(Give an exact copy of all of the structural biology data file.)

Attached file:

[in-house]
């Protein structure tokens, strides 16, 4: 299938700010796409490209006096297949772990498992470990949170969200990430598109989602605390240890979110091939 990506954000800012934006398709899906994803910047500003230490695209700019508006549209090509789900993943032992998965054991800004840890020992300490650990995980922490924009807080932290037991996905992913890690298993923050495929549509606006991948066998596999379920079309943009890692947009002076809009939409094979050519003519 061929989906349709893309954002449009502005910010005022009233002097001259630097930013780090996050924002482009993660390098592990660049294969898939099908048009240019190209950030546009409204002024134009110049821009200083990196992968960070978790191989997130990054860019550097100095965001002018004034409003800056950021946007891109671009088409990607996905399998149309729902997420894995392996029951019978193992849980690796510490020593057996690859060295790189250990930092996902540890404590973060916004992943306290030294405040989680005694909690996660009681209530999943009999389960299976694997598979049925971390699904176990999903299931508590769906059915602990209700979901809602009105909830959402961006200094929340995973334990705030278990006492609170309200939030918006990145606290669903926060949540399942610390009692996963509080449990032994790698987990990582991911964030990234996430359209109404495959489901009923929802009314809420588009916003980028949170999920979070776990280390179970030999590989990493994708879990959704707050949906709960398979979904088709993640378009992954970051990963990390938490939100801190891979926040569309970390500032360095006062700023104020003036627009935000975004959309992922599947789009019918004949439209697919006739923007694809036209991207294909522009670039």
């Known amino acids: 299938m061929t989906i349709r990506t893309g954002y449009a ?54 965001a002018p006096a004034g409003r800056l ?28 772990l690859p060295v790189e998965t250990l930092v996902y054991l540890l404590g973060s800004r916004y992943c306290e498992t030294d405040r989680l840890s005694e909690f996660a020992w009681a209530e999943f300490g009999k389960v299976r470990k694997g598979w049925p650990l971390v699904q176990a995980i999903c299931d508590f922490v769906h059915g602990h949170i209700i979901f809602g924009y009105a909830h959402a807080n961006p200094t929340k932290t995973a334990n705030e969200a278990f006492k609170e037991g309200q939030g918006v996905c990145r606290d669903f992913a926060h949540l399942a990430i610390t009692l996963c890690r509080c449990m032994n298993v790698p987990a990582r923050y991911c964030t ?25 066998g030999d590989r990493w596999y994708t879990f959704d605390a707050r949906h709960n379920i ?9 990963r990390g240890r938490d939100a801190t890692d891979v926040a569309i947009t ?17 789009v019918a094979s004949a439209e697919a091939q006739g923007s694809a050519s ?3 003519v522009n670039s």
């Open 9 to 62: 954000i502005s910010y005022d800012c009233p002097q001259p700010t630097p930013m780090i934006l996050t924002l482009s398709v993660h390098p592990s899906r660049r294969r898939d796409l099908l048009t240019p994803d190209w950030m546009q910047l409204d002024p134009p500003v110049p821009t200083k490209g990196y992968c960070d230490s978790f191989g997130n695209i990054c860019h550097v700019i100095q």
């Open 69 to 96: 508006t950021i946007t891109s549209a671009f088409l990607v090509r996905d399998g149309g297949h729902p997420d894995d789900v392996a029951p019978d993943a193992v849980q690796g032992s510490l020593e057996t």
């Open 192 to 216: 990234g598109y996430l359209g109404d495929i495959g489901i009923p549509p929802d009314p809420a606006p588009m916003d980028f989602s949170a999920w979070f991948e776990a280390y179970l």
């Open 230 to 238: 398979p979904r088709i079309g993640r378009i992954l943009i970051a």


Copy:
[in-house]
């Protein structure tokens, strides 16, 4: 299938700010796409490209006096297949772990498992470990949170969200990430598109989602605390240890979110091939 990506954000800012934006398709899906994803910047500003230490695209700019508006549209090509789900993943032992998965054991800004840890020992300490650990995980922490924009807080932290037991996905992913890690298993923050495929549509606006991948066998596999379920079309943009890692947009002076809009939409094979050519003519 061929989906349709893309954002449009502005910010005022009233002097001259630097930013780090996050924002482009993660390098592990660049294969898939099908048009240019190209950030546009409204002024134009110049821009200083990196992968960070978790191989997130990054860019550097100095965001002018004034409003800056950021946007891109671009088409990607996905399998149309729902997420894995392996029951019978193992849980690796510490020593057996690859060295790189250990930092996902540890404590973060916004992943306290030294405040989680005694909690996660009681209530999943009999389960299976694997598979049925971390699904176990999903299931508590769906059915602990209700979901809602009105909830959402961006200094929340995973334990705030278990006492609170309200939030918006990145606290669903926060949540399942610390009692996963509080449990032994790698987990990582991911964030990234996430359209109404495959489901009923929802009314809420588009916003980028949170999920979070776990280390179970030999590989990493994708879990959704707050949906709960398979979904088709993640378009992954970051990963990390938490939100801190891979926040569309970390500032360095006062700023104020003036627009935000975004959309992922599947789009019918004949439209697919006739923007694809036209991207294909522009670039």
């Known amino acids: 299938m061929t989906i349709r990506t893309g954002y449009a ?54 965001a002018p006096a004034g409003r800056l ?28 772990l690859p060295v790189e998965t250990l930092v996902y054991l540890l404590g973060s800004r916004y992943c306290e498992t030294d405040r989680l840890s005694e909690f996660a020992w009681a209530e999943f300490g009999k389960v299976r470990k694997g598979w049925p650990l971390v699904q176990a995980i999903c299931d508590f922490v769906h059915g602990h949170i209700i979901f809602g924009y009105a909830h959402a807080n961006p200094t929340k932290t995973a334990n705030e969200a278990f006492k609170e037991g309200q939030g918006v996905c990145r606290d669903f992913a926060h949540l399942a990430i610390t009692l996963c890690r509080c449990m032994n298993v790698p987990a990582r923050y991911c964030t ?25 066998g030999d590989r990493w596999y994708t879990f959704d605390a707050r949906h709960n379920i ?9 990963r990390g240890r938490d939100a801190t890692d891979v926040a569309i947009t ?17 789009v019918a094979s004949a439209e697919a091939q006739g923007s694809a050519s ?3 003519v522009n670039s």
């Open 9 to 62: 954000i502005s910010y005022d800012c009233p002097q001259p700010t630097p930013m780090i934006l996050t924002l482009s398709v993660h390098p592990s899906r660049r294969r898939d796409l099908l048009t240019p994803d190209w950030m546009q910047l409204d002024p134009p500003v110049p821009t200083k490209g990196y992968c960070d230490s978790f191989g997130n695209i990054c860019h550097v700019i100095q």
């Open 69 to 96: 508006t950021i946007t891109s549209a671009f088409l990607v090509r996905d399998g149309g297949h729902p997420d894995d789900v392996a029951p019978d993943a193992v849980q690796g032992s510490l020593e057996t």
């Open 192 to 216: 990234g598109y996430l359209g109404d495929i495959g489901i009923p549509p929802d009314p809420a606006p588009m916003d980028f989602s949170a999920w979070f991948e776990a280390y179970l």
């Open 230 to 238: 398979p979904r088709i079309g993640r378009i992954l943009i970051a």